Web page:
To underline our commitment to supporting youth employment, the EFL Trust are proud to have signed the Good Youth Employment Charter; a pledge that we will follow the principles of good youth employment, including providing opportunities and developing talent, and we urge all of our partners on the Kickstart Scheme to do the same. A special mention to Sheffield Wednesday Community Programme for being the first to do so…

While there are some great opportunities for young people closer to the job market, it’s vital that those who were not engaged in education or employment before the pandemic hit are not left further behind due to the growth in youth unemployment numbers. Last week we were delighted to announce our Youth Futures Foundation funded ‘EFL Trust – Training Ground’ programme, which will support these young people to overcome the barriers they are facing, through a programme developing their physical activity, mental health awareness and resilience, and building the skills that they will ultimately need in order to move into good quality, sustained employment or further education.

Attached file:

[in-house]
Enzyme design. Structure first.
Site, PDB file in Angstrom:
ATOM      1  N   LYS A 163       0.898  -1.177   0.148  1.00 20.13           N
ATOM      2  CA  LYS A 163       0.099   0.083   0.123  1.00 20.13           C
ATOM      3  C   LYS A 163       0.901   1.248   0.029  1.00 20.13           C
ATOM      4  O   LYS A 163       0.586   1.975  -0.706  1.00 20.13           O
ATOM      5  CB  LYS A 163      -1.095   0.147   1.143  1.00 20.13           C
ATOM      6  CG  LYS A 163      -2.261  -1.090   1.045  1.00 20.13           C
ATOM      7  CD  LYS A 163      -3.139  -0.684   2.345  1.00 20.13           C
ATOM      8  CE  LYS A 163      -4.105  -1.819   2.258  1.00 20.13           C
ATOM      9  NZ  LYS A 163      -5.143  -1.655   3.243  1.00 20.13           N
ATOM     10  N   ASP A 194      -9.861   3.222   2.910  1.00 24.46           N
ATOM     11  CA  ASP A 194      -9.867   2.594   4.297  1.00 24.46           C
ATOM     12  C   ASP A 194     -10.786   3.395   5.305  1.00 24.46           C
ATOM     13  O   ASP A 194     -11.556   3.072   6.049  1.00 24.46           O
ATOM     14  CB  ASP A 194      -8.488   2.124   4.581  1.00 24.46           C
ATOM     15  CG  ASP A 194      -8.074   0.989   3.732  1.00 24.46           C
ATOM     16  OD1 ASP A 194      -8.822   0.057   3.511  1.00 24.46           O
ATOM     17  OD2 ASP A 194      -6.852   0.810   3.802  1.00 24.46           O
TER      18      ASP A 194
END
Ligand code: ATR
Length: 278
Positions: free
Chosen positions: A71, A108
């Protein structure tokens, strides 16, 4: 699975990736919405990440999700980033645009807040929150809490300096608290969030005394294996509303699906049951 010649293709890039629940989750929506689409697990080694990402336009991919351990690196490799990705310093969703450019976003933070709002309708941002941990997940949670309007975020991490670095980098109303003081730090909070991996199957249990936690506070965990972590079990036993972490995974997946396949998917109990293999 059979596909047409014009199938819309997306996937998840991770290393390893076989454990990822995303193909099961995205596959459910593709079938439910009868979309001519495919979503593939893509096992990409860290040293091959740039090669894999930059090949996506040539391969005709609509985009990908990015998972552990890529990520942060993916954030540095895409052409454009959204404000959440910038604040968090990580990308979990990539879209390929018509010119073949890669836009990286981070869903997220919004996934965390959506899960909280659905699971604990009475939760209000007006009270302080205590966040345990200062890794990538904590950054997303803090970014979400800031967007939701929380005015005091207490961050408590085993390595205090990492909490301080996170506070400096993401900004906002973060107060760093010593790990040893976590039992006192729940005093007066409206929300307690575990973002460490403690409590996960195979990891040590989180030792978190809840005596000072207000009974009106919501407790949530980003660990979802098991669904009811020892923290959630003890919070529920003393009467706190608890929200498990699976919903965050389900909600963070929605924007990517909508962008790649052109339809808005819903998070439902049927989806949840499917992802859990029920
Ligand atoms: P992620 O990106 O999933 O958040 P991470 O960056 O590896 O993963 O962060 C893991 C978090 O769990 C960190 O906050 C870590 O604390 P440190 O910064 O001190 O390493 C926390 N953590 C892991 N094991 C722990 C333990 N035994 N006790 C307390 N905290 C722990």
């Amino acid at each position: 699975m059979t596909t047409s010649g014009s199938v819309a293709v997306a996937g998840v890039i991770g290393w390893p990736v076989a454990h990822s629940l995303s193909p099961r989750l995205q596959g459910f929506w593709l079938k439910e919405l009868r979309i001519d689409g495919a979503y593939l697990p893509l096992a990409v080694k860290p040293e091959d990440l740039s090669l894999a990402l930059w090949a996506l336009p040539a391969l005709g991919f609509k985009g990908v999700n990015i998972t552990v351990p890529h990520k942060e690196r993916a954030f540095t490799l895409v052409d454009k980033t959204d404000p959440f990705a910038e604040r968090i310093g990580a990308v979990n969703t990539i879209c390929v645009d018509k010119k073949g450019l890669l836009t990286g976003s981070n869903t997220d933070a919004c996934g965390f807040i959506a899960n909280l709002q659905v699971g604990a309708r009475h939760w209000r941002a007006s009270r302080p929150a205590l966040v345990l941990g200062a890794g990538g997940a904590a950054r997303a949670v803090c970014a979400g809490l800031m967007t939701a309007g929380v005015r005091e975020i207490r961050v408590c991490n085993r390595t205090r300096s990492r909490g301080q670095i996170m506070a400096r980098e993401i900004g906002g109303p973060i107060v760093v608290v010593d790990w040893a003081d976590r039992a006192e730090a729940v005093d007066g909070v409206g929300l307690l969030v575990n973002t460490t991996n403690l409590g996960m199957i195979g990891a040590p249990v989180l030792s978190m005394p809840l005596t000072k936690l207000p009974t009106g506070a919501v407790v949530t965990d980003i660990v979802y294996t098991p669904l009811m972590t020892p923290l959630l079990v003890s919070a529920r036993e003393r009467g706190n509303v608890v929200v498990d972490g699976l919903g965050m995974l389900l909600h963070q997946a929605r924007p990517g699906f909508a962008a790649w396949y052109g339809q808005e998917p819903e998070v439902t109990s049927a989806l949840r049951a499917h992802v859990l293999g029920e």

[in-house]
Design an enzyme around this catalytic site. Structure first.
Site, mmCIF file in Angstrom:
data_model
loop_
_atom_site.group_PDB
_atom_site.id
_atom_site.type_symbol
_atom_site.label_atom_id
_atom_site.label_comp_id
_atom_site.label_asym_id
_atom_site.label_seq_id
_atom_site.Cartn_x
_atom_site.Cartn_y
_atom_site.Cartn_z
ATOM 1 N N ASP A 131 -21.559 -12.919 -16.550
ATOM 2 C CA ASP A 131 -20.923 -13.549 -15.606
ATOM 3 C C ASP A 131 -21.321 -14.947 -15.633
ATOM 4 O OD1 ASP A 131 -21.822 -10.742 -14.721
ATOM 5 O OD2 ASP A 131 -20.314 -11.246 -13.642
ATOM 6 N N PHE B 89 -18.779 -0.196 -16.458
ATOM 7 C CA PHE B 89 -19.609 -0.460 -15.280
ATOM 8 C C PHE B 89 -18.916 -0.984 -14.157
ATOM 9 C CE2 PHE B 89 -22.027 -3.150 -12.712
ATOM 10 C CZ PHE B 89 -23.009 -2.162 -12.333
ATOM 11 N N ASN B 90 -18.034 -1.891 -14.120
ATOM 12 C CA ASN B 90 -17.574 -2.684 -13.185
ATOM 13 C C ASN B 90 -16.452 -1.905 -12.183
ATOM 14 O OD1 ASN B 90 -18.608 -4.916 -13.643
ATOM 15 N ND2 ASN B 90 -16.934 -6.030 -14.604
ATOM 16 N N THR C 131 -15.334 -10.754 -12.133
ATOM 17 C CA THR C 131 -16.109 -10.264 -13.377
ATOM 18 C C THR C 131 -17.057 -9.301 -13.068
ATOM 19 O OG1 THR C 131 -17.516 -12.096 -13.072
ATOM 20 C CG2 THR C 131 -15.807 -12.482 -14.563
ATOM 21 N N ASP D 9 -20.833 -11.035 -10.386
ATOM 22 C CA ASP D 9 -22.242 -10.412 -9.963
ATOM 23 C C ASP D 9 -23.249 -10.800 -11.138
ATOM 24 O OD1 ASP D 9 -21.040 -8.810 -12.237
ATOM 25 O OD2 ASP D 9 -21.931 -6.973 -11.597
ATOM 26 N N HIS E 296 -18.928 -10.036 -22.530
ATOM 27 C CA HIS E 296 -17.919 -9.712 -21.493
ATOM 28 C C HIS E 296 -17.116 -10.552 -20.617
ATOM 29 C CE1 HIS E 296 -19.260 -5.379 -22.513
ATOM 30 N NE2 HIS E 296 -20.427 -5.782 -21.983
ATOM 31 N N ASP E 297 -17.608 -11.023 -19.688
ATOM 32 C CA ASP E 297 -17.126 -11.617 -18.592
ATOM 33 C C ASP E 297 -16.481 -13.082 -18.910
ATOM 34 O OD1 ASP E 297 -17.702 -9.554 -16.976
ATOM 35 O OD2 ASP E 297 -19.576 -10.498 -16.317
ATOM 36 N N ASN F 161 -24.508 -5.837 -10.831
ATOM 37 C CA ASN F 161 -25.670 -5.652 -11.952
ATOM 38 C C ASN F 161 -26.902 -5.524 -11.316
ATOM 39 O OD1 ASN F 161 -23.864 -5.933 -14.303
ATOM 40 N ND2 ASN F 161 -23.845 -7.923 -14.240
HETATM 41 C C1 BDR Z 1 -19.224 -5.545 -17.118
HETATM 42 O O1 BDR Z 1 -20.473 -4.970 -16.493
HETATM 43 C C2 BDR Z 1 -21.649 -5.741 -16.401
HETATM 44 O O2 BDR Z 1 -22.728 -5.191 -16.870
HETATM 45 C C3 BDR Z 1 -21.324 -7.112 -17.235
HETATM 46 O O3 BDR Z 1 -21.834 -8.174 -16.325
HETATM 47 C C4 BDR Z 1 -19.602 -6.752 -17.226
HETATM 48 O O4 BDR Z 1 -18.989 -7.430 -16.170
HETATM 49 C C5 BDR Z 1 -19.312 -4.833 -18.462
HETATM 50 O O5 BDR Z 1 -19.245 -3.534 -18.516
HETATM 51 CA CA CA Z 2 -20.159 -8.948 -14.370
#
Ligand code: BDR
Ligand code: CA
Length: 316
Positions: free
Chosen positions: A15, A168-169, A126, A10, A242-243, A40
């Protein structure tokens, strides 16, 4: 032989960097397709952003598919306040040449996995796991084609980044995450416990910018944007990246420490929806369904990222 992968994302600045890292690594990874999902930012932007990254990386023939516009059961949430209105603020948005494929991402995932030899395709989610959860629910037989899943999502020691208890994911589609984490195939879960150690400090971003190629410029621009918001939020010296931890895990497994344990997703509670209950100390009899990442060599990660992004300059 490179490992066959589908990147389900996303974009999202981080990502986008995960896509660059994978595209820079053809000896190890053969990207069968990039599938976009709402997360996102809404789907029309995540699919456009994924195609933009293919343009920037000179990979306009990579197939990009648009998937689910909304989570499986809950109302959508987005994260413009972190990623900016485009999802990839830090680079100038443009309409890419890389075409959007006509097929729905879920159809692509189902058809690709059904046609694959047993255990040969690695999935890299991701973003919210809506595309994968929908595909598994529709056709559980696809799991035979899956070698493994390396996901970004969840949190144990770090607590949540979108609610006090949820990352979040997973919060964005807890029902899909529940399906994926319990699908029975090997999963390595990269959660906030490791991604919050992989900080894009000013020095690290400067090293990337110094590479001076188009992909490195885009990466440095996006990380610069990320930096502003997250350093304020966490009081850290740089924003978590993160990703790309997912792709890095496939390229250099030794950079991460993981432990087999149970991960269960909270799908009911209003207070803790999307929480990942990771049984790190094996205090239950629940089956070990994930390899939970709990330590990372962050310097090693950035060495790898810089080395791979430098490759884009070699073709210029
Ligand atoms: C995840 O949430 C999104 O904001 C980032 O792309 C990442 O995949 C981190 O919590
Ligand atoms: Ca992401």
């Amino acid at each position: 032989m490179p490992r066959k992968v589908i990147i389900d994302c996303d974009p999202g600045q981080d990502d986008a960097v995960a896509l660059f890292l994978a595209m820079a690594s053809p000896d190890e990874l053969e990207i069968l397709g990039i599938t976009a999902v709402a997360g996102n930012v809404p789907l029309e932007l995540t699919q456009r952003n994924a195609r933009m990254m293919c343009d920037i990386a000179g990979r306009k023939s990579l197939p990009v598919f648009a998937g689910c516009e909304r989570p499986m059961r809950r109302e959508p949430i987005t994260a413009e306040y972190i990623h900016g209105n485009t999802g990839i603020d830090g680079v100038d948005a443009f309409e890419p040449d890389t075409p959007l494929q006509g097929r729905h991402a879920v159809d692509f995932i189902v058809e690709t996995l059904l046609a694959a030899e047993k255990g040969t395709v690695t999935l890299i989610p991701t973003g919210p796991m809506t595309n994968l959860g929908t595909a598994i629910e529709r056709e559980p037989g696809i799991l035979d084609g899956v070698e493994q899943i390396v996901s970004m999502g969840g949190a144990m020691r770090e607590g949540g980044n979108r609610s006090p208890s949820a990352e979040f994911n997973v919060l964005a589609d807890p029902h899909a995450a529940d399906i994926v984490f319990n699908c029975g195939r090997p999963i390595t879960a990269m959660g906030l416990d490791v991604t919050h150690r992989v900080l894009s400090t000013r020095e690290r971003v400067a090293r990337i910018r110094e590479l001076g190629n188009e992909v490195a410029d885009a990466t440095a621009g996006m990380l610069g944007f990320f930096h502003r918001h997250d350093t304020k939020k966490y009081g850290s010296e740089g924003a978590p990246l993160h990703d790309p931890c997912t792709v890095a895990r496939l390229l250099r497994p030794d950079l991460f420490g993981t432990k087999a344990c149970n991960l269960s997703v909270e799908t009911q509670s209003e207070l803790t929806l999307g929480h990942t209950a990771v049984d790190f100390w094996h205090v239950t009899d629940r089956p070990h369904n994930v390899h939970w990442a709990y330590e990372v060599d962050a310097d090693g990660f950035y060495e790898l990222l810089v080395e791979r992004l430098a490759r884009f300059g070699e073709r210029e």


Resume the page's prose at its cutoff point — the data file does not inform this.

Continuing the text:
February’s Labour Market Statistics briefing note from IES identified growth in employment in the Health and Care sector, and the EFL Trust have been working closely with NHS Employers and a number of individual NHS Trusts to create employability programmes focussed towards roles where there will be vacancies, preparing young people to work in the sector. Although in its infancy, this partnership work has the potential to be really powerful, with the EFL Trust and its partner Club Community Organisation engaging with stakeholders across the community to recruit participants on to an employability programme with jobs in mind. With programme delivery launching in March and April, I’m looking forward to seeing some impactful provision and powerful individual success stories.

While the challenges are clear to see, we are grateful to partner organisations that are supporting our plans over the coming months, including DWP and Youth Futures Foundation and most of all to the delivery staff within Education & Employability departments at our CCOs who are going to be delivering these programmes at as high a quality as ever.

We believe, more than ever, that our network have a key role to play in the ‘roadmap’ back to normal – remember that? – and tackling the youth unemployment challenge head-on is first on our list.

Louise Williams: The EFL Trust is proud to be part of tackling the nation’s obesity crisis

We know that in the UK, 63% of adults are overweight and that countries with high levels of overweight people, such as the UK, have seen the highest death rates from COVID-19 and we are encouraged to hear the announcement that the Government will be investing £100 million into tackling obesity and supporting people to lose weight.